Functionally gradient materials (FGM) have many important applications due to their ability to possess vastly different material properties across the gradient. Recent work on dissolvable supports in stainless steel components fabricated using directed energy deposition (DED) show the utility of exploiting differences in the corrosion suseptibility in FGM metals. In order to better control the feature resolution of DED dissolvable supports, it is first necessary to understand how dilution and mixing within the gradient impact the local corrosion susceptibility and etch rates. In this work, FGMs with varying numbers of tracks and layers were fabricated onto a 304 stainless steel build plate; first one to three layers of 91 carbon steel followed by one to ten layers of 431 stainless steel. Metallography, potentiodynamic polarization plots, energy dispersive x-ray spectroscopy, and 3D contact profilometry data were collected to show that mixing within the gradient is very inhomogeneous. Incomplete mixing is observed throughout individual tracks along with widely varying composition and material properties from track-to-track, even within a single track. This paper demonstrates that the impact of incomplete mixing and composition gradients within a layer must be considered for DED-fabricated FGM dissolvable supports.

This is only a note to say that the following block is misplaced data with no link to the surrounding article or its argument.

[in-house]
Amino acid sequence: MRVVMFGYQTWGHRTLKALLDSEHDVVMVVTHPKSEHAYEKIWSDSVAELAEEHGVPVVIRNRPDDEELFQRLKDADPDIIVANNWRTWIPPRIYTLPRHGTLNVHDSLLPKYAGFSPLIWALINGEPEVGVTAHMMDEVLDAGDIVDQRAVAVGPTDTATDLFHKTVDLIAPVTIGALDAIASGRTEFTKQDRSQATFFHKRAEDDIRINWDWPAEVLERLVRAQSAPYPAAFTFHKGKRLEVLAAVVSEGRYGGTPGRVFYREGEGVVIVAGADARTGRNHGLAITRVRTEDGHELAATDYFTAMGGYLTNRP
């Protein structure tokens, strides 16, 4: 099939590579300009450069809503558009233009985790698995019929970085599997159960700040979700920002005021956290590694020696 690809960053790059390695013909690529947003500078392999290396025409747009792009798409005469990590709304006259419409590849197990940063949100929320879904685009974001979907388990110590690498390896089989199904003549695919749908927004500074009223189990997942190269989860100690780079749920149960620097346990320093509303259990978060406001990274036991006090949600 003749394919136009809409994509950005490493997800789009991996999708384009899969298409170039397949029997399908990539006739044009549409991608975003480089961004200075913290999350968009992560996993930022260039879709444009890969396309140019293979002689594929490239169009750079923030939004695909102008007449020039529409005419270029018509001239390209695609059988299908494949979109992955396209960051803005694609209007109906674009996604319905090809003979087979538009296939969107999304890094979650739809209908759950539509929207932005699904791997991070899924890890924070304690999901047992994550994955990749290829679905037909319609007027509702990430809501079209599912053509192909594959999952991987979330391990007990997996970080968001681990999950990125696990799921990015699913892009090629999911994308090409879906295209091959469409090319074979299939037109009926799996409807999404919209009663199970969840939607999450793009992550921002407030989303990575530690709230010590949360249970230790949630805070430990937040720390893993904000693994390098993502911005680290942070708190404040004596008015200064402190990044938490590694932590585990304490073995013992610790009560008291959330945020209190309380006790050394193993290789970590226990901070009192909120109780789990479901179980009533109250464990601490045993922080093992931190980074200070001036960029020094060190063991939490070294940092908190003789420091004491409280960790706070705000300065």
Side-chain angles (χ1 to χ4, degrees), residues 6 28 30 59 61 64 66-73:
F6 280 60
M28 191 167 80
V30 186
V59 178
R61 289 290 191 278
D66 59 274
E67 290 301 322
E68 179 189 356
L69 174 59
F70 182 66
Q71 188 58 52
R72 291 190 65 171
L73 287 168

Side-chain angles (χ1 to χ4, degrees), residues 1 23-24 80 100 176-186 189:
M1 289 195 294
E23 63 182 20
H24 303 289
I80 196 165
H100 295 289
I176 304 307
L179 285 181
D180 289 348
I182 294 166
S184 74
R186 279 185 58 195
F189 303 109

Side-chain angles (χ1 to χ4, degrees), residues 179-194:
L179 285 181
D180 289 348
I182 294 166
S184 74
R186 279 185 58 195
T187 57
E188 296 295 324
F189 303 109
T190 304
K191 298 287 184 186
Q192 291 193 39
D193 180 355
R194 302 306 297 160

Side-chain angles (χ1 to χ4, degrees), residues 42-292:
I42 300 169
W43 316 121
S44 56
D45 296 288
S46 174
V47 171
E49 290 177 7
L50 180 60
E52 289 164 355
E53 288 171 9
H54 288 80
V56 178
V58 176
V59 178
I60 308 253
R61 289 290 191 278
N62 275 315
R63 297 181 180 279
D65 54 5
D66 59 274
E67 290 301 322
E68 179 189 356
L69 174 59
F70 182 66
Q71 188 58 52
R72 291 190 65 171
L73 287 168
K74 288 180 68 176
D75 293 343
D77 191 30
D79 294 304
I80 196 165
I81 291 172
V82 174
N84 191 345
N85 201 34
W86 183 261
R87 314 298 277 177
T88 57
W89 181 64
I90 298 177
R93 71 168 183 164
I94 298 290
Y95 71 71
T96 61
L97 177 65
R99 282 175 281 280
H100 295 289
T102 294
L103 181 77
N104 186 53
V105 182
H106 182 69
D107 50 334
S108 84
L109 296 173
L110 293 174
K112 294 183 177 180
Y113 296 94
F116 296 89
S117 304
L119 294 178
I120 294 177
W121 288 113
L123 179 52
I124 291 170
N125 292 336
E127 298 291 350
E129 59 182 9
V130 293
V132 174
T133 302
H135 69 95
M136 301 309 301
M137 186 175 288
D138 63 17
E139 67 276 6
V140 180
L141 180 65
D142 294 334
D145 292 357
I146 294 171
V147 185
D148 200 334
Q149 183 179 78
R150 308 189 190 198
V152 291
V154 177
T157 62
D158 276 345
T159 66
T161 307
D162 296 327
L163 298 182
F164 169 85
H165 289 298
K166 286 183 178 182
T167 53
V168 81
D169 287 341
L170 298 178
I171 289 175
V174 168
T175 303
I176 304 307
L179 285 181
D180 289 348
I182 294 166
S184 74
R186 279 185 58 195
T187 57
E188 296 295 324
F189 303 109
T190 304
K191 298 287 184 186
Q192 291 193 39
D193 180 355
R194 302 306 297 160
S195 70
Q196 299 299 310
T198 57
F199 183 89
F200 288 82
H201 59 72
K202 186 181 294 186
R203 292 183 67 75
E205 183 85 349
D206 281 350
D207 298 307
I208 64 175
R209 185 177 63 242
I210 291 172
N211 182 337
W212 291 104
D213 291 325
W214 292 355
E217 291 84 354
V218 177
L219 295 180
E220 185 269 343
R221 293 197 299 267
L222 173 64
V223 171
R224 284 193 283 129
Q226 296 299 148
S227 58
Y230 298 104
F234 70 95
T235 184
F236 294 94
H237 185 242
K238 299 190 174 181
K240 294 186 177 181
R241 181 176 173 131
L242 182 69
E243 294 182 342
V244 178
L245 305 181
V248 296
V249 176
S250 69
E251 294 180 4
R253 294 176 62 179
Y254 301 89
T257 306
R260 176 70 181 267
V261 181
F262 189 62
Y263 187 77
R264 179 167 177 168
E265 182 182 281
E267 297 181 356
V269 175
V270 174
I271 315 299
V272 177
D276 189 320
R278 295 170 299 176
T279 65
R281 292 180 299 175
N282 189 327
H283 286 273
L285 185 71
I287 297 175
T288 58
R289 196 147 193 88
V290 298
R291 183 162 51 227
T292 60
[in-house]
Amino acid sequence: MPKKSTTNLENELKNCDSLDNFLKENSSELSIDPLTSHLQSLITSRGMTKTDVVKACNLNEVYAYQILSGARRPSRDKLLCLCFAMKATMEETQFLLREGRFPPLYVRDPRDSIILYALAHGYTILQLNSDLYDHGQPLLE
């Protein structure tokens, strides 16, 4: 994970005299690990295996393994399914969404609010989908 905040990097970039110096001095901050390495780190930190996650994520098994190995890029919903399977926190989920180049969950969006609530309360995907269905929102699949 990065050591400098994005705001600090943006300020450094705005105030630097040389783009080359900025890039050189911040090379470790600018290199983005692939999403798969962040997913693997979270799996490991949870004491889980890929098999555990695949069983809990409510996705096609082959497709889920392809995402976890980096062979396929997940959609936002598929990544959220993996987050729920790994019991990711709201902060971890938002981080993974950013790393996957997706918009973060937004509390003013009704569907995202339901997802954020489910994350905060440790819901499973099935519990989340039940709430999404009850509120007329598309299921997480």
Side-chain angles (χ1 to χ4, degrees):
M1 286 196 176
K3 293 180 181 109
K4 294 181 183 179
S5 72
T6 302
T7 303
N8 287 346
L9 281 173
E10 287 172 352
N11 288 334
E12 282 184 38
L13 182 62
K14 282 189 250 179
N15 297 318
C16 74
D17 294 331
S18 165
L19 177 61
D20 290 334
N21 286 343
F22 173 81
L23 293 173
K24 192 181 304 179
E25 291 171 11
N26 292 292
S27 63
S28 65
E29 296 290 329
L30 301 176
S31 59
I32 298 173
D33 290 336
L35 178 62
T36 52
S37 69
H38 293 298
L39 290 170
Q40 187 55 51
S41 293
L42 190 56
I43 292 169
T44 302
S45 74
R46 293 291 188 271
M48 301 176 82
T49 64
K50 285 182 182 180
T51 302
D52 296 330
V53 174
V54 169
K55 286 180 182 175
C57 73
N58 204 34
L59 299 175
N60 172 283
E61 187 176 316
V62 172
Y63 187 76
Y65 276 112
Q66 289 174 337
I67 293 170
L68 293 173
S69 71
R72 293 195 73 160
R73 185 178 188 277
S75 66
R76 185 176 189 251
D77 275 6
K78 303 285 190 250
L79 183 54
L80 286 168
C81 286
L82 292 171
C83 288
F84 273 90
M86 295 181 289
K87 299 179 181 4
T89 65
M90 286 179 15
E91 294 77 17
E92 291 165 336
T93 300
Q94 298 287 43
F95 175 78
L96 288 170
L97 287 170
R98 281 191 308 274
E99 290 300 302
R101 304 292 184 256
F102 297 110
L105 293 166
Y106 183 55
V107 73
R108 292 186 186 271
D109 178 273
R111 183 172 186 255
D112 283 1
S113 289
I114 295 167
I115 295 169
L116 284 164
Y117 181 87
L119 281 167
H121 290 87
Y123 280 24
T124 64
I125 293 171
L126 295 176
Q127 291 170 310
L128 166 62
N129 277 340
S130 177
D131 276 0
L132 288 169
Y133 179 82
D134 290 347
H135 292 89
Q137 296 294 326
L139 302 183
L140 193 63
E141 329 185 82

All Science Journal Classification (ASJC) codes
- Electronic, Optical and Magnetic Materials
- Ceramics and Composites
- Polymers and Plastics
- Metals and Alloys